bikhaconitine, chasmaconitine, indaconitine,veratroyl pseudoaconitine and diacetyl pseudoaconitine ,alkaloids-2- (lH)- quinolinone and 3,4- dihydro-6- hydroxy2(1H)quinolone, diterpenoid alkaloid , acetylsenbusjne A; Vakognavine, Chasmaconitine, crassicauline A, falconerjcjne, bikhaconine, pseudoaconine, neoline, senbusjne A, neoline, senbusine B, isotalatizodjne and aconine are reported (Phytochem, 1994, 36,1527). Four lipoakaloids viz., liposeudo aconitine, lipoyunaconitine, lipojndaconitjne and lipobikhaconjtjne and four aconine viz., veratroylpseudaconjne anisoylyunaconine, benzoyljndaconjne and veratroylbikhaconine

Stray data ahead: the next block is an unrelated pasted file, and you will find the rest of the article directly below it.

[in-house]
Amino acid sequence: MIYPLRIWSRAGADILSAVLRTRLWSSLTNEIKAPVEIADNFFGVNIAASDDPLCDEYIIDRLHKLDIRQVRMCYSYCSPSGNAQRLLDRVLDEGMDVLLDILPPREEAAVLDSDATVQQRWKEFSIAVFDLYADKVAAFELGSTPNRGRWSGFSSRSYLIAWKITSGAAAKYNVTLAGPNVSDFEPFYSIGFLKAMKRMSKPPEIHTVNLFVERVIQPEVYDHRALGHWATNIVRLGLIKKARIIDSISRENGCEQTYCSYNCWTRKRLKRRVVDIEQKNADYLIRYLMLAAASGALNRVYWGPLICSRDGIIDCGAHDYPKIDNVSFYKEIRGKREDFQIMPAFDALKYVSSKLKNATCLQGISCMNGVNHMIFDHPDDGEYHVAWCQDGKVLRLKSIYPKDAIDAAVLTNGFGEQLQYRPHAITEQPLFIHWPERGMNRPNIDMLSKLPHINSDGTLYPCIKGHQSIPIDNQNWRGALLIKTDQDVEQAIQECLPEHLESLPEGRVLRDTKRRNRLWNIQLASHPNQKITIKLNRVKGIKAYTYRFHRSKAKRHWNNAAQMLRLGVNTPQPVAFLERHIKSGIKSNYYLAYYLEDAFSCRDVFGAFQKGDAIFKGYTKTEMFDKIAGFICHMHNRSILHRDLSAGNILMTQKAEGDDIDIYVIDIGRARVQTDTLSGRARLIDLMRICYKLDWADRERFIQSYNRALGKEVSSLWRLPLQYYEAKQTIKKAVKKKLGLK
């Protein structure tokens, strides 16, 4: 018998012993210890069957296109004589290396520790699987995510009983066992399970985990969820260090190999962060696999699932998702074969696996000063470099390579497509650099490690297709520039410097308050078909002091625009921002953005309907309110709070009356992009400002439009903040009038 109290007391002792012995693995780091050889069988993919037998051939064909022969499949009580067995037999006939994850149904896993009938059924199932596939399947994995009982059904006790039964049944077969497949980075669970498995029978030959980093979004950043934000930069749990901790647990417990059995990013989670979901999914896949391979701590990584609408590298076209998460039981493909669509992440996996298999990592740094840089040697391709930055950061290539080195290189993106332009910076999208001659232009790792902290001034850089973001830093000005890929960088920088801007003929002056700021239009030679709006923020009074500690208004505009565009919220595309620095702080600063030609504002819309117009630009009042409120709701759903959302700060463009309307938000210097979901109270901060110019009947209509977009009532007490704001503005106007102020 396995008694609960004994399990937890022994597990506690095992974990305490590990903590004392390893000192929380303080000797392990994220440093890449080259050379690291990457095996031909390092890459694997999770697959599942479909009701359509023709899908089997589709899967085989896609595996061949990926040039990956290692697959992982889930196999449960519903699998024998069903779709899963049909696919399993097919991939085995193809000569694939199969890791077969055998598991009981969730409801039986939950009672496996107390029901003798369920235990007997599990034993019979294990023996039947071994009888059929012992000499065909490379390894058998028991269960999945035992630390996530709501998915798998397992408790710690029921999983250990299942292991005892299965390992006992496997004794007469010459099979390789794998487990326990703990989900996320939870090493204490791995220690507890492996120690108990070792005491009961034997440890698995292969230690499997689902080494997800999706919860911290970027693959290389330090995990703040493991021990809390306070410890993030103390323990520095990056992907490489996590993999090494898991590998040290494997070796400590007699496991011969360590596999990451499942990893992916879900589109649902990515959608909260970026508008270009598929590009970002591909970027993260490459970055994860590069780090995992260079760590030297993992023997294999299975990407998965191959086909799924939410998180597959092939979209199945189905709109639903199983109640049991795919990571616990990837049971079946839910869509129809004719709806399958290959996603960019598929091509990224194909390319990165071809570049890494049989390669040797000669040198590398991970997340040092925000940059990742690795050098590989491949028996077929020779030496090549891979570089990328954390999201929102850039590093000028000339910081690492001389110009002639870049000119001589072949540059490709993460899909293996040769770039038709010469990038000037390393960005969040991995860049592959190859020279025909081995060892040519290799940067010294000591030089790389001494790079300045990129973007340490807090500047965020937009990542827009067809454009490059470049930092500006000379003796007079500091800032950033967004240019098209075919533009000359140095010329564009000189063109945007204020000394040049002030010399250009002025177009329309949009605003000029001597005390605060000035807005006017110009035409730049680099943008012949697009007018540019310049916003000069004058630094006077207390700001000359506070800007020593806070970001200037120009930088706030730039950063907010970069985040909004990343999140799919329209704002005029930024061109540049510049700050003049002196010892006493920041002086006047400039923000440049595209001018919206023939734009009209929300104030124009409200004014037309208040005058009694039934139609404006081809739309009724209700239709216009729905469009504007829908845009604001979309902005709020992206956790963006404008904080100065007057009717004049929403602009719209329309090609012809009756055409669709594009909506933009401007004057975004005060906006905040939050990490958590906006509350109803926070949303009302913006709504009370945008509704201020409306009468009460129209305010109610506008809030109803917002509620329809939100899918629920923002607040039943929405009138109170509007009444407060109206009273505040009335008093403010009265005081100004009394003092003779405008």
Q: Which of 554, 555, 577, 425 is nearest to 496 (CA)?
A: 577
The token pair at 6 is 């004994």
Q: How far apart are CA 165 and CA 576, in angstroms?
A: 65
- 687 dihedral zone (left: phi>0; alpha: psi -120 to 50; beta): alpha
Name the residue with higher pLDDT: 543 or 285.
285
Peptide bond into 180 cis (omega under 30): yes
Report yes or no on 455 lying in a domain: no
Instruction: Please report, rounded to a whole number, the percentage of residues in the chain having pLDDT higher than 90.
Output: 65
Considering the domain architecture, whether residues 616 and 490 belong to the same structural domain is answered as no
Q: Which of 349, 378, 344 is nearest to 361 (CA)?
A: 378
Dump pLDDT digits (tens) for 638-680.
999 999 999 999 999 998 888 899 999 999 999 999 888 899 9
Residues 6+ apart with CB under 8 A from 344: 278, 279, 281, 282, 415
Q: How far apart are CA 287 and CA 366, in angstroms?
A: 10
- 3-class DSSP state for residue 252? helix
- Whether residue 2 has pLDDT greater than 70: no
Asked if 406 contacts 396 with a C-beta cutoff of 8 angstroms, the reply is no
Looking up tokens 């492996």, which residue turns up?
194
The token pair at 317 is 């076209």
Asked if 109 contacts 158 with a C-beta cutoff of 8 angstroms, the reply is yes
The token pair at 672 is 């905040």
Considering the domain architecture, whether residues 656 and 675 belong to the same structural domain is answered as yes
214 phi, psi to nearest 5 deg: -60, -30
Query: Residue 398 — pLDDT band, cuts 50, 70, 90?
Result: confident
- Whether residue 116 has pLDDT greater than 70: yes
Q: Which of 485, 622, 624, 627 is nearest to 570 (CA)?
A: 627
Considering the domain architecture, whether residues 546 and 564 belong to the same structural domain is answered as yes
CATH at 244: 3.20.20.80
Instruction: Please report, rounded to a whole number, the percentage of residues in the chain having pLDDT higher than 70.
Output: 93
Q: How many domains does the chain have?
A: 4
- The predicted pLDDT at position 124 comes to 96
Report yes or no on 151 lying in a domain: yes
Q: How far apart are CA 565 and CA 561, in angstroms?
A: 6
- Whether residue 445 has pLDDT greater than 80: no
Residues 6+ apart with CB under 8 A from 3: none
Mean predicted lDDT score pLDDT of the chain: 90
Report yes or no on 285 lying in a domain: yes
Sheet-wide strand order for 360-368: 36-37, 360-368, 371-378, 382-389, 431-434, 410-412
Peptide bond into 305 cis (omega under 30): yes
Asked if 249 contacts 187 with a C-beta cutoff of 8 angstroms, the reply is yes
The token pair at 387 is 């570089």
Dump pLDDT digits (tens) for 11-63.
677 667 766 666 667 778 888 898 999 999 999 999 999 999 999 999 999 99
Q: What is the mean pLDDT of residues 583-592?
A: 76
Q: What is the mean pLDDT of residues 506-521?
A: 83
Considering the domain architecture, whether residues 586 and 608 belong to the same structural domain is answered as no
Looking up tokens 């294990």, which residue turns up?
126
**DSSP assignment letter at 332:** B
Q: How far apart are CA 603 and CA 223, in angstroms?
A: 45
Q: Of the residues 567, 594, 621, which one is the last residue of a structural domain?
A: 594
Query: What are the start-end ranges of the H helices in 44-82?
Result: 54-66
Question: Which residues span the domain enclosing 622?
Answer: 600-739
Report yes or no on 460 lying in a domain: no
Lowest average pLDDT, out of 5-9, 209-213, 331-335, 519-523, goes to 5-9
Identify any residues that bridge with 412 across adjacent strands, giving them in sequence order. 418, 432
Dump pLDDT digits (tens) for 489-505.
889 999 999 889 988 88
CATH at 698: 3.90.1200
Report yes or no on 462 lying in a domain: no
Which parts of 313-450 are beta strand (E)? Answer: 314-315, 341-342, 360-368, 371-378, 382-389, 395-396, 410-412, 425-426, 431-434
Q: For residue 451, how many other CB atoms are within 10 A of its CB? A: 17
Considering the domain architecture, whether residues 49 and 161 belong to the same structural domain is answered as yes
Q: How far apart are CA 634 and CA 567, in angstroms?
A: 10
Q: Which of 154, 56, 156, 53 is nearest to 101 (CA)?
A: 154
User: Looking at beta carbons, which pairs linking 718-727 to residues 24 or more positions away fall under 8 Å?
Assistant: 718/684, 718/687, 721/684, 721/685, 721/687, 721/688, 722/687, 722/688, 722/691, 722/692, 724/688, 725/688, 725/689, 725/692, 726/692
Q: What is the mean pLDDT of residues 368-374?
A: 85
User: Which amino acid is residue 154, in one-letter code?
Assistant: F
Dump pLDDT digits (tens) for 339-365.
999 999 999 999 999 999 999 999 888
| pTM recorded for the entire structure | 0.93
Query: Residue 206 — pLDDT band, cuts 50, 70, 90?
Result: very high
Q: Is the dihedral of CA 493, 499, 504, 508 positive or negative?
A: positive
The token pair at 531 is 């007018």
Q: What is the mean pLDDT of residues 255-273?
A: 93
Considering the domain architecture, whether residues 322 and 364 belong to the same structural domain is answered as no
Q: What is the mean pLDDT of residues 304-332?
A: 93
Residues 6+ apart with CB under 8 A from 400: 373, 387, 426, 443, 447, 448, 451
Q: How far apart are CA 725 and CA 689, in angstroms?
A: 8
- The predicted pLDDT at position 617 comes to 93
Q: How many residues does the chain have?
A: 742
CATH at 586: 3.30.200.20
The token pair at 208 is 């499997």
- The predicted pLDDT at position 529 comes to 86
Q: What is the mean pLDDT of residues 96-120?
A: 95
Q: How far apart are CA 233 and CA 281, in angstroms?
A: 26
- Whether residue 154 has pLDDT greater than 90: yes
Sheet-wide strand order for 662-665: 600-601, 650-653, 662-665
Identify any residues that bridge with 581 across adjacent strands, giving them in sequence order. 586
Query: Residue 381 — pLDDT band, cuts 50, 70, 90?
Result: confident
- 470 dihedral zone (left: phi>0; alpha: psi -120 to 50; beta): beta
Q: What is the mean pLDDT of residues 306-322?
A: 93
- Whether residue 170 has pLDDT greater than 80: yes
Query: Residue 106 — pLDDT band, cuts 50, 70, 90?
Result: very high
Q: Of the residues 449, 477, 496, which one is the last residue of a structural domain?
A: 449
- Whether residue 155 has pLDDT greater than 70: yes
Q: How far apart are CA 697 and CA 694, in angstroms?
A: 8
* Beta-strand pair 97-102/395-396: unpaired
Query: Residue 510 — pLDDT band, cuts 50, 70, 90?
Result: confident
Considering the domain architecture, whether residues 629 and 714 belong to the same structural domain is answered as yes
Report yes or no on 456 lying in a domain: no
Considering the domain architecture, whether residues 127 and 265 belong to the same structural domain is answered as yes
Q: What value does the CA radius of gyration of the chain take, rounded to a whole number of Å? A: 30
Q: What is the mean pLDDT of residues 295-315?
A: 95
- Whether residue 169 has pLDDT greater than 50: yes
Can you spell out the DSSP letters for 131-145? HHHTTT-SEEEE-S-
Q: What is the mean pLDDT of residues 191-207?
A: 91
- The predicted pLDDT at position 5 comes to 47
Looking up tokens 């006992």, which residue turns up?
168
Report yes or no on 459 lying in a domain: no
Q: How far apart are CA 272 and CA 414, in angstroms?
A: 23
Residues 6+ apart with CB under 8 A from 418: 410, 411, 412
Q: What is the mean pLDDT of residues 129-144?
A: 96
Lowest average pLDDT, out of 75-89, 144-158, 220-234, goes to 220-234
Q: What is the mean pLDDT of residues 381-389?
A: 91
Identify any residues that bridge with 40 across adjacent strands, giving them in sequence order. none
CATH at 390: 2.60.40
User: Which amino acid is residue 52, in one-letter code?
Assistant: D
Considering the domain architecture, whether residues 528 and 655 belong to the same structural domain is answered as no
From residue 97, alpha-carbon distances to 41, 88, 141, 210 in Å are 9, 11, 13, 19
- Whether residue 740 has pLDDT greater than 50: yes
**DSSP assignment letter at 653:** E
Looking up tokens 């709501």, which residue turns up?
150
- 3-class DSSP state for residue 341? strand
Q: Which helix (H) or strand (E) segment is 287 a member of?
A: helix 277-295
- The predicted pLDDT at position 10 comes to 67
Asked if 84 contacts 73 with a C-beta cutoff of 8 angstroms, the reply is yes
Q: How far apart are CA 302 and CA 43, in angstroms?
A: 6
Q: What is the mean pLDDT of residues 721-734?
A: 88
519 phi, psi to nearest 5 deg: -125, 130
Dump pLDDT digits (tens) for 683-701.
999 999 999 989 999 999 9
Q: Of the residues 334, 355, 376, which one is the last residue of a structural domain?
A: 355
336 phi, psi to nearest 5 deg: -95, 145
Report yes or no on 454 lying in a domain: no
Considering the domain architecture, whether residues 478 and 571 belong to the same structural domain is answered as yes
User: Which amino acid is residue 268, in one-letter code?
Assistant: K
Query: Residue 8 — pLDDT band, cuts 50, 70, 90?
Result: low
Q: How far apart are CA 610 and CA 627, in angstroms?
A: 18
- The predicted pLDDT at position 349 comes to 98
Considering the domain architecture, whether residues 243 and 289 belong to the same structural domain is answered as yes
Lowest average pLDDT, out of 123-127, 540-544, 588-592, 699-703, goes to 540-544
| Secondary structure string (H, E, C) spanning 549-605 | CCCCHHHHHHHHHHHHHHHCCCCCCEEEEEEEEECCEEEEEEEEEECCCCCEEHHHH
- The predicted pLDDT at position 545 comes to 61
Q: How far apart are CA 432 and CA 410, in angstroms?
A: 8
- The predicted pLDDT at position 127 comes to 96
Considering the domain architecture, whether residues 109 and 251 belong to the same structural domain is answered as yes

(ii)A. chasmanthum

Indaconitine,A & B; chasmaconitine and chasmanthinine ,chasmanine

 (iii) A. napelius—
Neoline,aconitjne , atisine chloride and isoatisine a diterpene- l5a- hydroxyneoline, aconosine, l4-acetylncoline, hokbusine A, senbusjne A & C, aconitine and mesaconitine .



Rasa –             Madhura

Guna –             Laghu, RUksa, Tiksna, Vyavãyi, Vikãsi
Virya –             Usna
Vipaka –               Katu
Karma              – Vatakaphahara, Jvarahara, Jangama visahara,
                               Madakãri, Kuhaghna

Prabhãva        – Rasãyana

 External uses Application reduces pain and inflammation. It is applied after rubbing it with oil. On massaging, it stimulates the tip of sensory nerve fibres after which it produces tingling and numbness. It is absorbed faster through mucous membranes.

Internal uses

Nervous system It has no special effect on the brain. As it is avayi and vikasi and stimulates the tip of the nerve fibres, it ads as a depressant. It acts on motor nervous system also as a vasoconstrictors and above alt on the vagus and respiratory system.